News Release

NYU Abu Dhabi researchers use hair cortisol test to measure stress levels of families during COVID-19

Data collected in Jordan adds to theory that the pandemic has been a global mental health crisis as well as a physical health crisis that must be addressed

Peer-Reviewed Publication

New York University

Antje von Suchodoletz

image: Assistant Professor of Psychology at NYUAD view more 

Credit: NYU Abu Dhabi

Abu Dhabi, UAE, September 6, 2021: Researchers at NYU Abu Dhabi (NYUAD), in collaboration with Global TIES for Children and researchers at University of California Davis (Paul Hastings and Lindsey Partington) as well as Hashemite University in Jordan (Rana Dajani), have used a hair cortisol test to detect the impact of COVID-19 on stress levels in families.

Titled Adrenocortical and psychosocial responses of families in Jordan to the COVID-19 pandemic, the paper used samples from cortisol tests of mothers and children taken in 2019 for a previous study, and compared them with cortisol tests conducted in June 2020. The research found that negative changes to family life predicted greater hair cortisol concentration for children, reflecting their cumulative stress experienced over the first three months of the pandemic.

The paper then used these results to analyze the impacts of COVID-19 on families as a result of the pandemic, finding that raised levels of family adversity predicted worse mental health in children and mothers in December 2020.

Assistant Professor of Psychology at NYUAD Antje von Suchodoletz, who led the research, said: “The COVID-19 pandemic has been a global mental health crisis, as well as a physical health crisis. Seeing as the majority of the world’s children live in low- and middle-income countries (LMIC), it is imperative to understand the factors that have contributed to their adjustment, as well as the adjustment of their parents, during the pandemic.”

Commenting on the need to address these mental health challenges, von Suchodoletz added: “Our research showed that in families experiencing greater disruption, the hair cortisol tests of children and mothers showed evidence of ‘stress getting under the skin’. These findings point to the importance of developing programs to address the daily needs of families in LMIC during periods of acute and prolonged crises, and particularly families with few economic resources to draw upon.”

The study concluded that without effectively tailored assistance to support the needs of families at risk, the adverse physiological and psychological consequences of the COVID-19 pandemic will likely carry long-term effects on children’s future capacities to learn and thrive. Seen in this context, investing in ameliorative efforts would cost less than future expenses incurred by the loss of healthy and productive generations.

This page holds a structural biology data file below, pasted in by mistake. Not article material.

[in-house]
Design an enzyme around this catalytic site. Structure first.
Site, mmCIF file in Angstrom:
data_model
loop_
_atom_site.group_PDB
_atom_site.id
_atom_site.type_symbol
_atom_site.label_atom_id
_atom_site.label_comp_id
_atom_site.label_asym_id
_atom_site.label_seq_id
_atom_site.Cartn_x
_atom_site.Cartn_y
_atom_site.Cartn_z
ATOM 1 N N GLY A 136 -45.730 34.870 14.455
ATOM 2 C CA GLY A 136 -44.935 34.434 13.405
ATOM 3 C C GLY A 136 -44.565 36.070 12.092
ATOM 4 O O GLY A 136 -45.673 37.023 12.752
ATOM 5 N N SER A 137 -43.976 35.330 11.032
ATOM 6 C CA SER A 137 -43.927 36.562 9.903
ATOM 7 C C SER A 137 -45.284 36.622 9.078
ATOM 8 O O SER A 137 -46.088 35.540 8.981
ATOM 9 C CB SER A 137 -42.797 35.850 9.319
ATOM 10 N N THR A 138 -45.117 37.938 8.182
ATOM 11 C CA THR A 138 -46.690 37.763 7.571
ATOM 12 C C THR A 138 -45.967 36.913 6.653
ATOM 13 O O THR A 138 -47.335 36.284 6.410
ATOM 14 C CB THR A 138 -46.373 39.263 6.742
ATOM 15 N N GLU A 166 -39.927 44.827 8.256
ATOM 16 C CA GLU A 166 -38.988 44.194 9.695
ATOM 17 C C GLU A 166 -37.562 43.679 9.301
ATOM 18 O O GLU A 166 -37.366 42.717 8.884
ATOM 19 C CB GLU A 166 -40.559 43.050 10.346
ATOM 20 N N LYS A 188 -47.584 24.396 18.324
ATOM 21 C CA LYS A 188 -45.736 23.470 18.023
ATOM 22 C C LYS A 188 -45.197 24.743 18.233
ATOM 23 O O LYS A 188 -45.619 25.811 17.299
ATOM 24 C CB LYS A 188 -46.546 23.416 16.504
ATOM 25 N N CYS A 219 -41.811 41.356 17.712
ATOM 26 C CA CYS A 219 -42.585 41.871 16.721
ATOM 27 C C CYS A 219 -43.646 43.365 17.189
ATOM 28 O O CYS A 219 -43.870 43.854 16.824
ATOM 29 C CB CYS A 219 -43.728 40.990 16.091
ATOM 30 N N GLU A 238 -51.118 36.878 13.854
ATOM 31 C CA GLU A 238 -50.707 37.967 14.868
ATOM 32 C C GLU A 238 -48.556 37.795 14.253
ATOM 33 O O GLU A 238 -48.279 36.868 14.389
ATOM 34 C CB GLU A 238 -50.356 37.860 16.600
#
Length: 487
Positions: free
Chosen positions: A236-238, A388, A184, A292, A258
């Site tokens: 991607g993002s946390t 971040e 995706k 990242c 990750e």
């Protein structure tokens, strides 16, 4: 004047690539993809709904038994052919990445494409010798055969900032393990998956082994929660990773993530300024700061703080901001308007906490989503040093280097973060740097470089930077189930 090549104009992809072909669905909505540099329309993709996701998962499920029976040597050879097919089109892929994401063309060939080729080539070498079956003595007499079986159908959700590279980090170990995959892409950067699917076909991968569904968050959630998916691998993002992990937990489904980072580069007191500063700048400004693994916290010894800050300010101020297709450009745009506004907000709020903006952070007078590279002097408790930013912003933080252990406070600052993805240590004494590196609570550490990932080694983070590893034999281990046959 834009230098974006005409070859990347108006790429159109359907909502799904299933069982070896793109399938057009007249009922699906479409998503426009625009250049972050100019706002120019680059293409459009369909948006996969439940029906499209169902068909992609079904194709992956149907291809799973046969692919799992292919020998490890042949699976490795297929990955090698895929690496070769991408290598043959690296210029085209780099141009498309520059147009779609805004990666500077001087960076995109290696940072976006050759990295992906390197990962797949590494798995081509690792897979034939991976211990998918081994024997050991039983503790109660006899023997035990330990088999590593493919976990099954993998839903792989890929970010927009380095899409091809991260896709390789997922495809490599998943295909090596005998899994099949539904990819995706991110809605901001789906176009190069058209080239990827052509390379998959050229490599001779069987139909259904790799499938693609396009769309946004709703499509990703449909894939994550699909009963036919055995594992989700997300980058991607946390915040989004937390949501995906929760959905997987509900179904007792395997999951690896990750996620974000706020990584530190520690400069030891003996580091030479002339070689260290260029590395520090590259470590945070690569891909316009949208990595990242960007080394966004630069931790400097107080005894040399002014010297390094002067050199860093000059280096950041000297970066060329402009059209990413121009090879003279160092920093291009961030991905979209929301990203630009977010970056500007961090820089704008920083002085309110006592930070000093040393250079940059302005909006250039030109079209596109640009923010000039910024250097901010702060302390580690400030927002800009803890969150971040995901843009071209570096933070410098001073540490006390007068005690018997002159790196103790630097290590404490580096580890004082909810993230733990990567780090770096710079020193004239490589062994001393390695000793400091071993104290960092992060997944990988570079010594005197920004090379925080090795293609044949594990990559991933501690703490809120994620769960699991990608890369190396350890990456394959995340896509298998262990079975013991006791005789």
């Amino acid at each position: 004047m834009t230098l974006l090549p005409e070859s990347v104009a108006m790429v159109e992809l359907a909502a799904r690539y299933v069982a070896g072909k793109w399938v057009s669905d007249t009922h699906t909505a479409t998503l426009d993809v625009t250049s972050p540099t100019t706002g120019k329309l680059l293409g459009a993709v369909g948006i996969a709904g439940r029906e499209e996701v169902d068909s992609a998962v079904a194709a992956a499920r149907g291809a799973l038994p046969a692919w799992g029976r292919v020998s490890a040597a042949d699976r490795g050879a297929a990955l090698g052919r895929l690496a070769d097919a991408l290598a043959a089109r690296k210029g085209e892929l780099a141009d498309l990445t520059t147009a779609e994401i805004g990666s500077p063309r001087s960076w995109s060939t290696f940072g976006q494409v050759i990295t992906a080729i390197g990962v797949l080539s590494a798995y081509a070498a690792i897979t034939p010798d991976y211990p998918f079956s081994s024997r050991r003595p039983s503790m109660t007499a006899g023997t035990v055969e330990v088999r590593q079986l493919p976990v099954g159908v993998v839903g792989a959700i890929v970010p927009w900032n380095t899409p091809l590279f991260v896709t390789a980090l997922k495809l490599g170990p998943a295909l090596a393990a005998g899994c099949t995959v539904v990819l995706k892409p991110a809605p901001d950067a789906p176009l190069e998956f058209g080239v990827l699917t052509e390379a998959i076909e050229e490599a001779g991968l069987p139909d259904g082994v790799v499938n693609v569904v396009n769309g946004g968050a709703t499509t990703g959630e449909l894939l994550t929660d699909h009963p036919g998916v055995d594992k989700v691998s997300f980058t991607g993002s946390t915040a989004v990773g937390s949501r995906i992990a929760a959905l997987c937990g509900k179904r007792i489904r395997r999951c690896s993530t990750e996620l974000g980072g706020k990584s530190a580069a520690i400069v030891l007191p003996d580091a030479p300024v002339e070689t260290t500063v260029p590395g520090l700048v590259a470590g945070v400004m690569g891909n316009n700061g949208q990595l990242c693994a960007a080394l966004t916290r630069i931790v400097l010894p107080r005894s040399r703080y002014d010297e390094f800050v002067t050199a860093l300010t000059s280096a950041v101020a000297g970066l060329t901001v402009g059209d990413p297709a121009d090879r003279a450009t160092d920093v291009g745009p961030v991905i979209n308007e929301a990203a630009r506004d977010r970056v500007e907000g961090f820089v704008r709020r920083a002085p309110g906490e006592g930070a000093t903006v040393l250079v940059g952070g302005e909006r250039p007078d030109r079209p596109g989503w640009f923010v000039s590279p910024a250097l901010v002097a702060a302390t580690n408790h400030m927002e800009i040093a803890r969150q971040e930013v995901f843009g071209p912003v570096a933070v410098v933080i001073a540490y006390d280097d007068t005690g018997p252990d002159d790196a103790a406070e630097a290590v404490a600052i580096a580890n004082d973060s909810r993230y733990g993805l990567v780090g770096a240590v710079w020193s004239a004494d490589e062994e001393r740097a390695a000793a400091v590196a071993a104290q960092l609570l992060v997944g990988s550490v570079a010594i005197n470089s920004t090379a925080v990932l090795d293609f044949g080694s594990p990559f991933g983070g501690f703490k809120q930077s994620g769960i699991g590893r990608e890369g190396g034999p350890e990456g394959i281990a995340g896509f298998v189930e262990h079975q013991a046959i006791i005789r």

The paper is part of a Special Section on the impact of COVID-19 on child development around the world, and has been accepted into Child Development, the leading journal in developmental psychology.

About NYU Abu Dhabi

NYU Abu Dhabi is the first comprehensive liberal arts and science campus in the Middle East to be operated abroad by a major American research university. NYU Abu Dhabi has integrated a highly-selective liberal arts, engineering and science curriculum with a world center for advanced research and scholarship enabling its students to succeed in an increasingly interdependent world and advance cooperation and progress on humanity’s shared challenges. NYU Abu Dhabi’s high-achieving students have come from more than 115 nations and speak over 115 languages. Together, NYU's campuses in New York, Abu Dhabi, and Shanghai form the backbone of a unique global university, giving faculty and students opportunities to experience varied learning environments and immersion in other cultures at one or more of the numerous study-abroad sites NYU maintains on six continents.

About Global TIES for Children

Global TIES for Children is an international research center based at NYU Abu Dhabi and NYU New York which works towards a world where all children have equitable access at scale to opportunities that allow them to thrive, in an ecosystem where caregivers and teachers have the resources they need to support them. 

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